CAIRO: Two young women are using the power of art to improve the lives of young people in Cairo.
The Doodle Factory, founded by Yasmin Khamis and Farah El-Masry, is an Egyptian brand that collaborates with different stakeholders to help vulnerable children through their personal drawings.
It uses children’s designs to decorate everyday lifestyle products for consumers, such as handbags, pencil cases and place mats. Proceeds from product sales go to funding the medical, educational and sheltering needs of children in communities identified by partner NGOs.
Khamis, 27, and El-Masry, 26, both have backgrounds working for Egyptian NGOs. However, the two Egyptian nationals decided to launch their business idea independently to “bring beauty back to community,” said Khamis.
The Doodle Factory was launched as a for-profit social enterprise in 2017 with personal funds. The venture — aimed at 18- to 35-year-old female consumers — has gone on to sell around 20,000 products a year all over Egypt.
The pair work with a network of local NGOs to select welfare projects that target children’s health, education and shelter needs.
First, they visit a hospital or school where they hold an art session, providing children with coloring pens and paper.
The Doodle Factory then takes the children’s drawings and passes them through a design process.
“We extract the elements, create the design and put it on the products we sell. A percentage of the sales goes to the children who completed the original drawing. It depends on the collection,” said Khamis.
Each collection goes toward a mission, such as helping to build a school, paying for a child’s heart operation or providing clean water to homes.
“When a child draws and then gets clean water in their house in a rural area, they are not just helping themselves, they are also helping their family and the community. We try to make the process as simple as possible, but the impact is huge for them,” Khamis said.
There will be a lot of small failures, but they will end up making a larger learning curve
“For me, it’s about creating a brand and an organization that really helps the children it promises to help. Our purpose is to create designs and products using children’s creativity and playfulness to pay for a better life for them.”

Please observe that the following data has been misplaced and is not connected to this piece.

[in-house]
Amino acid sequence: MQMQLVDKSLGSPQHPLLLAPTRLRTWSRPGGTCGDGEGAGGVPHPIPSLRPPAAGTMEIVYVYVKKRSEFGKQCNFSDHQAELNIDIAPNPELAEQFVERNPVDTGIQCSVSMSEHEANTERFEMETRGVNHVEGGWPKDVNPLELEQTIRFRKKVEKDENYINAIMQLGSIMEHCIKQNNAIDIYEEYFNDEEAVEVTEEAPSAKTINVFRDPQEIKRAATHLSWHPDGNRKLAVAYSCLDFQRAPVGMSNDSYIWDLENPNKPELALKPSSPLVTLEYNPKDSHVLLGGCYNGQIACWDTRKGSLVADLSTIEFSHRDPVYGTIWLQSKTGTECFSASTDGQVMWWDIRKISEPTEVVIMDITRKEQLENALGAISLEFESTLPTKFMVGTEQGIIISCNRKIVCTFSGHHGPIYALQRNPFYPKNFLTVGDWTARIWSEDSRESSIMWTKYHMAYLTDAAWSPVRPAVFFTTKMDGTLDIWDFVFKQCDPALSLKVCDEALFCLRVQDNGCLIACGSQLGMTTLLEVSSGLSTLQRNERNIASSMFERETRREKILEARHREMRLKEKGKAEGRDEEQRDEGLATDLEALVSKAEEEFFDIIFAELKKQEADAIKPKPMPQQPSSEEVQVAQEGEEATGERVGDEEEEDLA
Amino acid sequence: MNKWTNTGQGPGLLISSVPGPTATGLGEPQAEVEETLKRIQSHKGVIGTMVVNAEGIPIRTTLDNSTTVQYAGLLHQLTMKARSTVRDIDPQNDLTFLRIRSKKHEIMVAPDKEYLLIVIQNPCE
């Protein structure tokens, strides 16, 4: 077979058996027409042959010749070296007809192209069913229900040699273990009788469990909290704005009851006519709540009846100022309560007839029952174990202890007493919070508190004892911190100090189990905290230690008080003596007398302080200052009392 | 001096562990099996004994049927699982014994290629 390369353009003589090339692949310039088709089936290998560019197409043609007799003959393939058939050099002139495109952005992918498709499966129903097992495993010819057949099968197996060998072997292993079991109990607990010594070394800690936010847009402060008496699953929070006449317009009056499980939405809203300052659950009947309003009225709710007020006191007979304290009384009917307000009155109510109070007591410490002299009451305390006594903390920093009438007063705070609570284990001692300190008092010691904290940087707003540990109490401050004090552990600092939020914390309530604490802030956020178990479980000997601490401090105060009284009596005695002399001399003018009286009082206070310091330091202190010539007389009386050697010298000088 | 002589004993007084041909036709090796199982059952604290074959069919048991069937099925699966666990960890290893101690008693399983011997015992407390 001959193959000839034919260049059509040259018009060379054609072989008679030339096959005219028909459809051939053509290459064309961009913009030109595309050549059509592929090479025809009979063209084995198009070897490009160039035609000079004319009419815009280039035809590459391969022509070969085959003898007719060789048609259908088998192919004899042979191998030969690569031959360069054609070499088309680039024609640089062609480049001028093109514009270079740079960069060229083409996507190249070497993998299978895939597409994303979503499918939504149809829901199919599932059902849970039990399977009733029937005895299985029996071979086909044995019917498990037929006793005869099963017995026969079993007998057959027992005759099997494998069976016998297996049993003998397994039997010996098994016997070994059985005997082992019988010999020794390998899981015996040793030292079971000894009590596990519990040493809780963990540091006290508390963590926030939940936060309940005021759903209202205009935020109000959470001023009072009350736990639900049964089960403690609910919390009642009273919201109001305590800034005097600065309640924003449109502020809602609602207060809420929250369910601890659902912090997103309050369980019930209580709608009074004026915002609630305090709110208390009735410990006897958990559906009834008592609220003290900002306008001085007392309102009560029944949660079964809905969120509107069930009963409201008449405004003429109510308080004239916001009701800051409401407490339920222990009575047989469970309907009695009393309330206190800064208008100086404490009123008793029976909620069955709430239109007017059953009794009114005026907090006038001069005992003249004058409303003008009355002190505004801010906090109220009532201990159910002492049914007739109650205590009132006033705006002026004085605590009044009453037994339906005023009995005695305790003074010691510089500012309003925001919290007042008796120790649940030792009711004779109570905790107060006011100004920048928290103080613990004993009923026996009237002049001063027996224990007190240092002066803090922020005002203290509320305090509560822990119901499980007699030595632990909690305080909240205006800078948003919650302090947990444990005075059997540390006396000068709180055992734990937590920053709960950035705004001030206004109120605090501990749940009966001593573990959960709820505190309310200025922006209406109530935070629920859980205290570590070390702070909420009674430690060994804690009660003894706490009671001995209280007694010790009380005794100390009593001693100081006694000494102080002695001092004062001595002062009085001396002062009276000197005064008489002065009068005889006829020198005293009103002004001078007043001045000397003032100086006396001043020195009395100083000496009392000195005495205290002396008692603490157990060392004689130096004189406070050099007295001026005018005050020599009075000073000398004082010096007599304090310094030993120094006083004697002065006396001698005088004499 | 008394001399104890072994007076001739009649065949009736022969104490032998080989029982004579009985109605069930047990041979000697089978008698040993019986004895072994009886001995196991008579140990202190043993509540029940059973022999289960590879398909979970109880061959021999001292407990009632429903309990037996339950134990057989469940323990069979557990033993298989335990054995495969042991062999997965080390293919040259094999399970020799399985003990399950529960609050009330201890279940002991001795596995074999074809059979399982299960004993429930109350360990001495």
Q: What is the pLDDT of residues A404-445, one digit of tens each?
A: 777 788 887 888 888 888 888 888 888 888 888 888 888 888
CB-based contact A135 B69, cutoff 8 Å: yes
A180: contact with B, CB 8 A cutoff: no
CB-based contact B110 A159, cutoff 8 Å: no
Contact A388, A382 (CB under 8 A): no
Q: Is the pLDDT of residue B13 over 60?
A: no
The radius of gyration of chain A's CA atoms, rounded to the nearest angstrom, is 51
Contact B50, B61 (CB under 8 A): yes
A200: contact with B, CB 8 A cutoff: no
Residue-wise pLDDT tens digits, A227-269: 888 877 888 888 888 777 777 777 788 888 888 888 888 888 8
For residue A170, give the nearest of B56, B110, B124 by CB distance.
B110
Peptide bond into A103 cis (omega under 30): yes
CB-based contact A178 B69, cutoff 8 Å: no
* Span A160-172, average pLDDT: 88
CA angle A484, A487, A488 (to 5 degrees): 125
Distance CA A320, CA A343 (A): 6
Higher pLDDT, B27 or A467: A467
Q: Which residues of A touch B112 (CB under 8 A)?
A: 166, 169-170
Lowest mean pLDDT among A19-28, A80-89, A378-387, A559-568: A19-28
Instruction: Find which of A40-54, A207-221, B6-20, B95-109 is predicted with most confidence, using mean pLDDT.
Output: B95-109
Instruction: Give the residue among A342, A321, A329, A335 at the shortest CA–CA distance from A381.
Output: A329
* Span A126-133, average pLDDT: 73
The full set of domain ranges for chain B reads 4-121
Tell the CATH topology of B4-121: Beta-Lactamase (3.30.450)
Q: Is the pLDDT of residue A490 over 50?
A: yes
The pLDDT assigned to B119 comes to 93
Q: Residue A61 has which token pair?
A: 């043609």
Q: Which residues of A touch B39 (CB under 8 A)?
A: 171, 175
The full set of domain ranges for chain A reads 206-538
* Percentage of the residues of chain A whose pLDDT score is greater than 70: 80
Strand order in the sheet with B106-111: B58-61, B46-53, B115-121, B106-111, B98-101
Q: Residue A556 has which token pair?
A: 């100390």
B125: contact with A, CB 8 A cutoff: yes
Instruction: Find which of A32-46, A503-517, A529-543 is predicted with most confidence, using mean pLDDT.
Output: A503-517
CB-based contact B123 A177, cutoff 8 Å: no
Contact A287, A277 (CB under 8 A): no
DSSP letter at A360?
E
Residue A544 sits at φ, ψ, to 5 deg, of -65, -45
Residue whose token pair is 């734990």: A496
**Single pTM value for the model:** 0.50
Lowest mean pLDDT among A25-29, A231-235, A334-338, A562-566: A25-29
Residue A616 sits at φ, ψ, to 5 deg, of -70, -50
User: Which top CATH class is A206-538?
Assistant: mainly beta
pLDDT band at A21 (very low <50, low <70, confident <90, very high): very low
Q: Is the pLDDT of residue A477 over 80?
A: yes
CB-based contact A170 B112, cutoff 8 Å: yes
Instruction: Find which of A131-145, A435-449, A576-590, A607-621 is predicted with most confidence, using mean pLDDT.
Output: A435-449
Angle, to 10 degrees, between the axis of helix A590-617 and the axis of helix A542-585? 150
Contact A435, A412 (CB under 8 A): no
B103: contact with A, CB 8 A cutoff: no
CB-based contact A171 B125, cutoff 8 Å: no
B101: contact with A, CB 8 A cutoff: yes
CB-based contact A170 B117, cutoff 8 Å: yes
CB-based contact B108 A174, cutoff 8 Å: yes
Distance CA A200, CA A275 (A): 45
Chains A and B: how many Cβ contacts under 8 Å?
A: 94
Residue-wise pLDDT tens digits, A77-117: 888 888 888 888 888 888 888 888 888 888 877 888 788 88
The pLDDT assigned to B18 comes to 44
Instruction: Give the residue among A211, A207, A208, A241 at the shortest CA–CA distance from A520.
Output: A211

Today, the Doodle Factory has five employees and has broken even. Khamis advises aspiring business owners to “get their numbers straight” from the start, “especially if it’s a field that you’re not an expert in.”
She also warns entrepreneurs to expect “lots of daily ups and downs.”
“There will be a lot of small failures, but they will end up making a larger learning curve,” Khamis said.
“If you have a purpose and great idea, it’s important just to get going — that’s the important thing. But along the way, entrepreneurs need to have the commitment and the responsibility to keep going with the project on its bad and good days.
“Right now, in the day-to-day business, we’re doing much better than we were a long time ago,” she says.
For Khamis, the key is to achieve the right balance. “It’s a business that needs to make a profit because without the profit, we wouldn’t exist,” she said. “But definitely, the impact is as important as making a profit.”
• This report is being published by Arab News as a partner of the Middle East Exchange, which was launched by the Mohammed bin Rashid Al Maktoum Global Initiatives and the Bill and Melinda Gates Foundation to reflect the vision of the UAE prime minister and ruler of Dubai to explore the possibility of changing the status of the Arab region.